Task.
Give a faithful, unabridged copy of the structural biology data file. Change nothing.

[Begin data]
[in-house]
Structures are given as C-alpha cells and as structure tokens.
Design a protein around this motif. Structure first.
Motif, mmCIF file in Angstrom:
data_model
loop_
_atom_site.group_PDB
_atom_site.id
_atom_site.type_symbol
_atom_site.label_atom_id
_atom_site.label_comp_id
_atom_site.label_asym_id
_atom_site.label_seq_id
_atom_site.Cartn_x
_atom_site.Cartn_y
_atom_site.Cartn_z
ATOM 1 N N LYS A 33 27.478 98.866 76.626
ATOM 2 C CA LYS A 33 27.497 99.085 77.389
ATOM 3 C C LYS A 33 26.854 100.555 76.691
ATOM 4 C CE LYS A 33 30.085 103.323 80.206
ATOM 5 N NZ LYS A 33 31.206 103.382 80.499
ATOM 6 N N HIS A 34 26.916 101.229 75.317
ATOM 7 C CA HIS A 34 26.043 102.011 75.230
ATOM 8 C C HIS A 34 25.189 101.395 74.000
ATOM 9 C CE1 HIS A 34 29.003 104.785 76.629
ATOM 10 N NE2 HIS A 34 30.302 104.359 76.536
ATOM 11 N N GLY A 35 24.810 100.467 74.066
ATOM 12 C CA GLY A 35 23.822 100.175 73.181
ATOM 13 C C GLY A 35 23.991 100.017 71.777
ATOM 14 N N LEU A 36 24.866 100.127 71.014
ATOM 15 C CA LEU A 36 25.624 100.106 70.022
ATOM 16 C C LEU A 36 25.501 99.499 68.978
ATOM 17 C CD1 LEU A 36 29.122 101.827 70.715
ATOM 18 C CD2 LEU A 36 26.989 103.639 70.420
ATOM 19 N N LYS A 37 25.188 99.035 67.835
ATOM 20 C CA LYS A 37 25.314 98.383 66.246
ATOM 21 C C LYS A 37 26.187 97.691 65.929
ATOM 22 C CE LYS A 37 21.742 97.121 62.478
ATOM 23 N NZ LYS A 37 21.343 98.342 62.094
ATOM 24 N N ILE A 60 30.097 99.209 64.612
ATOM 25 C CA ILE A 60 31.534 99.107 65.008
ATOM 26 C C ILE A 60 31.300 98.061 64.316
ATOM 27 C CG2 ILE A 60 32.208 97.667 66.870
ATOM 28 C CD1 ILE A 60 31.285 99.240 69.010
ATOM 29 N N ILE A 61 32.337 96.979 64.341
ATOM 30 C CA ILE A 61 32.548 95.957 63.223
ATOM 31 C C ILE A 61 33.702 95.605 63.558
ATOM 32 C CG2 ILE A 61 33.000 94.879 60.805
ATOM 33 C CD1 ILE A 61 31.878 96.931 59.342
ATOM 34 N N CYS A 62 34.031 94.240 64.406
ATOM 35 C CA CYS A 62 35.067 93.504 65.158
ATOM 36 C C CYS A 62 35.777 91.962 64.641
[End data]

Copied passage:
[in-house]
Structures are given as C-alpha cells and as structure tokens.
Design a protein around this motif. Structure first.
Motif, mmCIF file in Angstrom:
data_model
loop_
_atom_site.group_PDB
_atom_site.id
_atom_site.type_symbol
_atom_site.label_atom_id
_atom_site.label_comp_id
_atom_site.label_asym_id
_atom_site.label_seq_id
_atom_site.Cartn_x
_atom_site.Cartn_y
_atom_site.Cartn_z
ATOM 1 N N LYS A 33 27.478 98.866 76.626
ATOM 2 C CA LYS A 33 27.497 99.085 77.389
ATOM 3 C C LYS A 33 26.854 100.555 76.691
ATOM 4 C CE LYS A 33 30.085 103.323 80.206
ATOM 5 N NZ LYS A 33 31.206 103.382 80.499
ATOM 6 N N HIS A 34 26.916 101.229 75.317
ATOM 7 C CA HIS A 34 26.043 102.011 75.230
ATOM 8 C C HIS A 34 25.189 101.395 74.000
ATOM 9 C CE1 HIS A 34 29.003 104.785 76.629
ATOM 10 N NE2 HIS A 34 30.302 104.359 76.536
ATOM 11 N N GLY A 35 24.810 100.467 74.066
ATOM 12 C CA GLY A 35 23.822 100.175 73.181
ATOM 13 C C GLY A 35 23.991 100.017 71.777
ATOM 14 N N LEU A 36 24.866 100.127 71.014
ATOM 15 C CA LEU A 36 25.624 100.106 70.022
ATOM 16 C C LEU A 36 25.501 99.499 68.978
ATOM 17 C CD1 LEU A 36 29.122 101.827 70.715
ATOM 18 C CD2 LEU A 36 26.989 103.639 70.420
ATOM 19 N N LYS A 37 25.188 99.035 67.835
ATOM 20 C CA LYS A 37 25.314 98.383 66.246
ATOM 21 C C LYS A 37 26.187 97.691 65.929
ATOM 22 C CE LYS A 37 21.742 97.121 62.478
ATOM 23 N NZ LYS A 37 21.343 98.342 62.094
ATOM 24 N N ILE A 60 30.097 99.209 64.612
ATOM 25 C CA ILE A 60 31.534 99.107 65.008
ATOM 26 C C ILE A 60 31.300 98.061 64.316
ATOM 27 C CG2 ILE A 60 32.208 97.667 66.870
ATOM 28 C CD1 ILE A 60 31.285 99.240 69.010
ATOM 29 N N ILE A 61 32.337 96.979 64.341
ATOM 30 C CA ILE A 61 32.548 95.957 63.223
ATOM 31 C C ILE A 61 33.702 95.605 63.558
ATOM 32 C CG2 ILE A 61 33.000 94.879 60.805
ATOM 33 C CD1 ILE A 61 31.878 96.931 59.342
ATOM 34 N N CYS A 62 34.031 94.240 64.406
ATOM 35 C CA CYS A 62 35.067 93.504 65.158
ATOM 36 C C CYS A 62 35.777 91.962 64.641